Homework 4 (due 4/26)
CSC 401

We reviewed some material on strings and the format function (Sections 4.1, 4.2), briefly talked about errors, exceptions and debugging (Section 4.4), and saw how to write to a file (Section 4.3). We went on to discuss various execution control structures more systematically. This included one/two/multiway decisions (Section 5.1), and iteration patterns (Section 5.2). Next week, we will complete Chapter 5, discussing two-dimensional lists and nested loops (Section 5.3), and additional loop patterns, in particular the while loop.

Submission: The homework is due by midnight (I will not accept late homeworks). You can submit your homework through d2l into the drop-box.

1. (Reading Assignment) Read Section 4.4 (reread Sections 4.1/4.2 if necessary), and 5.1-5.2 of the textbook. If you want to read ahead, read 5.3, and 5.4.

 2. (File Output, 10pt) Your goal in the problem is to write a function month(fname) that counts how often each month is mentioned in the textfile with name fname, and then write the result to a logfile with name fname_monthcount.txt (where fname is replaced by the atual filename). For example, I ran month('innocents.txt'), and it created the following text-file (you can see the name of the file at the top). Use a loop for the writing, do not create 12 separate write statements.

Note: To get the list of months, you can use month_name in the calendar module. To get the actualy names, use list(month_name), and skip[ the first entry (which is the empty string). Hint: Use count on the full text (no need to split, though you can), and don't worry about case (so case-sensitive is fine here). You can also test your program on the other texts: innocents.txt, sawyer.txt, roughing.txt, stranger.txt. For the filename: initially hardcode a name like 'monthcount.txt', and then think about how to include fname in the name of the file you write.

3. (Password, 10pt) Your security manager has just come up with a new rule to keep your passwords more secure: no digit may be followed by another digit. So pa12ssword, or secret999 are not legal passwords. On the other hand, hello, or 1a2b3c## are alllowed (so you are allowed to double other symbols than digits). You are responsible for implementing a function check_pwd(p) which takes p, a string containing the password, and returns True if and only if p satisfies the new anti-double digit rule (check_pwd need not check any other restrictions, like minimum length, etc.).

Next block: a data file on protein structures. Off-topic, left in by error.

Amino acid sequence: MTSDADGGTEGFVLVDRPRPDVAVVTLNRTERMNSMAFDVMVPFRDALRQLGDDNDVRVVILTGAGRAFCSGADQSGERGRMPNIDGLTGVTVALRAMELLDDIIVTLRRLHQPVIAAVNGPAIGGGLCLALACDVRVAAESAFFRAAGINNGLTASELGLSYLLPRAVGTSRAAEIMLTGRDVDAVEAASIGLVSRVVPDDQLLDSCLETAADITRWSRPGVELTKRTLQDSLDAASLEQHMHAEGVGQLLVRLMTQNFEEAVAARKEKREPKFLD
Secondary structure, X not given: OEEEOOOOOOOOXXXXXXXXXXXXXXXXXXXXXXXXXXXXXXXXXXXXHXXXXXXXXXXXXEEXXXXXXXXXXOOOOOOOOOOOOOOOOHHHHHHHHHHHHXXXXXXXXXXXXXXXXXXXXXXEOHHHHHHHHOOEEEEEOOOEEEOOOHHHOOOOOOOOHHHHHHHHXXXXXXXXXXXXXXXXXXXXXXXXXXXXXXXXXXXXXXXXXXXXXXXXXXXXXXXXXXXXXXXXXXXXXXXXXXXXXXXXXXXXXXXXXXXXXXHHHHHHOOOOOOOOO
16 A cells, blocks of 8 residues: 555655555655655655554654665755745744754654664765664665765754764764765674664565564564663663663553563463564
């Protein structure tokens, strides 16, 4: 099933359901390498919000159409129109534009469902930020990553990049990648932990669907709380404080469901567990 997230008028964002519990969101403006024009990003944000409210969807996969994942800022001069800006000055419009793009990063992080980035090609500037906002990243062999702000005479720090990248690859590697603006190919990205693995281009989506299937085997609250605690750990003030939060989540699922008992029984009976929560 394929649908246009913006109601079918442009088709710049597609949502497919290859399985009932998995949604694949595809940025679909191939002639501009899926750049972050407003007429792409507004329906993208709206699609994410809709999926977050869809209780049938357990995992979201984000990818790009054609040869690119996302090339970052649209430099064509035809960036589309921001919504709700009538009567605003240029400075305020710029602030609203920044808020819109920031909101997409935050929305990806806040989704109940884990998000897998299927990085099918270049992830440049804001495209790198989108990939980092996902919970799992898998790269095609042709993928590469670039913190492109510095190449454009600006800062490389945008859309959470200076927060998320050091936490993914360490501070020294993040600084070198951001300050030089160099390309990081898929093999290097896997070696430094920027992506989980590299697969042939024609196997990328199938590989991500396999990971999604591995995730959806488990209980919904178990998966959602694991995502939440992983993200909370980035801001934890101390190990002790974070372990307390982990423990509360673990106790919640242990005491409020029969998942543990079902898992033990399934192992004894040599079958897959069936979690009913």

Hint: Use isdigit() will come in handy.

4. (Dropping lowest scores, 10pt) You want to implement a function drop(lst, k) that allows you to calculate the average homework score under the rule that you drop the k lowest scores. You can assume that each homework is worth 100 points. Do not use sort() or sorted() or any other sorting function in your solution. Below are some sample runs:


E.g. k = 0 means no homework is dropped, so 78.375 is simply the average of the scores. k = 1 means that the lowest score, in this case 0, is dropped, and the average of the remaining items is calculated. Similarly, k = 2 means 0 and 76 are dropped before the calculation of the average. Hint: Start by writing expressions for k = 0 and k = 1 explicititly (in the shell). Then try k = 2. What's the pattern that keeps repeating for which you want to use a loop? If you find yourself in a position where you want to remove an item from a list you can do so by using lst.remove(item). Note that I used lst = lst[:] at the beginning of my drop function, so that changing the list in drop does not affect the list scores.

5. (CSV, 10pt) In class we worked with the file GMATlarge.csv, which contains fake SAT scores by last name (yeah, the name is wrong, I know). Write a function score_at_least(lower_bound) which counts how many test-takers scored at least a score of lower_bound on the exam, and returns the result.


Hint: start with the score() function we wrote in class, and start modifying it; the underlying structure is similar, but you need to add some additional code.

6. (Extra Credit: A Word Puzzle, 10pt). NPR recently suggested the following puzzle challenge: find words which satisfy the following rule: if you consider each letter as a number according to the correspondence a -> 1, b -> 2, c -> 3, ..., z -> 26, then the value of the first letter is the sum of the values of the remaining letters in the word. For example, cab: c, which is 3, is the sum of 1 and 2 (a and b). Or here's a longer one: jade (j is 10, which is 1 + 4 + 5). What's the longest word in English you can find satisfying this rule. Use Python to find all English words satisfying this rule. Note: you can use words.txt, which is a---probably incomplete and inaccurate---list of English words adapted from a list I found on the web.

Marcus Schaefer
Last updated: April 21st, 2017.